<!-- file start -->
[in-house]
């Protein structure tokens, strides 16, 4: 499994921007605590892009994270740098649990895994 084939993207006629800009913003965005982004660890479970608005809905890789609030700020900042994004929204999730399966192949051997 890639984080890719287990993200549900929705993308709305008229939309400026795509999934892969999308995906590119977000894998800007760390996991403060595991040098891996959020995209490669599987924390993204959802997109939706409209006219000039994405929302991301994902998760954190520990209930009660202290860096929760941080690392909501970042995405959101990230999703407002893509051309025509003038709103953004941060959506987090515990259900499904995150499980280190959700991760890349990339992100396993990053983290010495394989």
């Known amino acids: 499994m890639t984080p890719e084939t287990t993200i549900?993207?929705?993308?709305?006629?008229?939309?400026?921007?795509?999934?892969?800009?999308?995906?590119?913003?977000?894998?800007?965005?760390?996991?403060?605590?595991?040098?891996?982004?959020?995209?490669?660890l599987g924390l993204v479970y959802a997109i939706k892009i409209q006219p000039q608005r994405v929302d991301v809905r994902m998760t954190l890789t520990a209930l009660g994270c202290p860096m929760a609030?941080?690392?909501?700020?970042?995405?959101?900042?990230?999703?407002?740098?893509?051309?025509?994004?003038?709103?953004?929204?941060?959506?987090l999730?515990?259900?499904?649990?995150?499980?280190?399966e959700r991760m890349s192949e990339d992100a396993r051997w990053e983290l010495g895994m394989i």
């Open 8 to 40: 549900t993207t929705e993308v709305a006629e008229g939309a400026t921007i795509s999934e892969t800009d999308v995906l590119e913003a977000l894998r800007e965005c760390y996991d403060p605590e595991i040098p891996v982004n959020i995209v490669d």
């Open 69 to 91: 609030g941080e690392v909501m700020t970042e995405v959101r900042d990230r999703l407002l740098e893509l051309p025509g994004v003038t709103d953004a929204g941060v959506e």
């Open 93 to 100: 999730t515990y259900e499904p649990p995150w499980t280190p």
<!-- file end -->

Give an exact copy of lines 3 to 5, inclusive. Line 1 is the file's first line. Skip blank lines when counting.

């Known amino acids: 499994m890639t984080p890719e084939t287990t993200i549900?993207?929705?993308?709305?006629?008229?939309?400026?921007?795509?999934?892969?800009?999308?995906?590119?913003?977000?894998?800007?965005?760390?996991?403060?605590?595991?040098?891996?982004?959020?995209?490669?660890l599987g924390l993204v479970y959802a997109i939706k892009i409209q006219p000039q608005r994405v929302d991301v809905r994902m998760t954190l890789t520990a209930l009660g994270c202290p860096m929760a609030?941080?690392?909501?700020?970042?995405?959101?900042?990230?999703?407002?740098?893509?051309?025509?994004?003038?709103?953004?929204?941060?959506?987090l999730?515990?259900?499904?649990?995150?499980?280190?399966e959700r991760m890349s192949e990339d992100a396993r051997w990053e983290l010495g895994m394989i």
């Open 8 to 40: 549900t993207t929705e993308v709305a006629e008229g939309a400026t921007i795509s999934e892969t800009d999308v995906l590119e913003a977000l894998r800007e965005c760390y996991d403060p605590e595991i040098p891996v982004n959020i995209v490669d």
């Open 69 to 91: 609030g941080e690392v909501m700020t970042e995405v959101r900042d990230r999703l407002l740098e893509l051309p025509g994004v003038t709103d953004a929204g941060v959506e």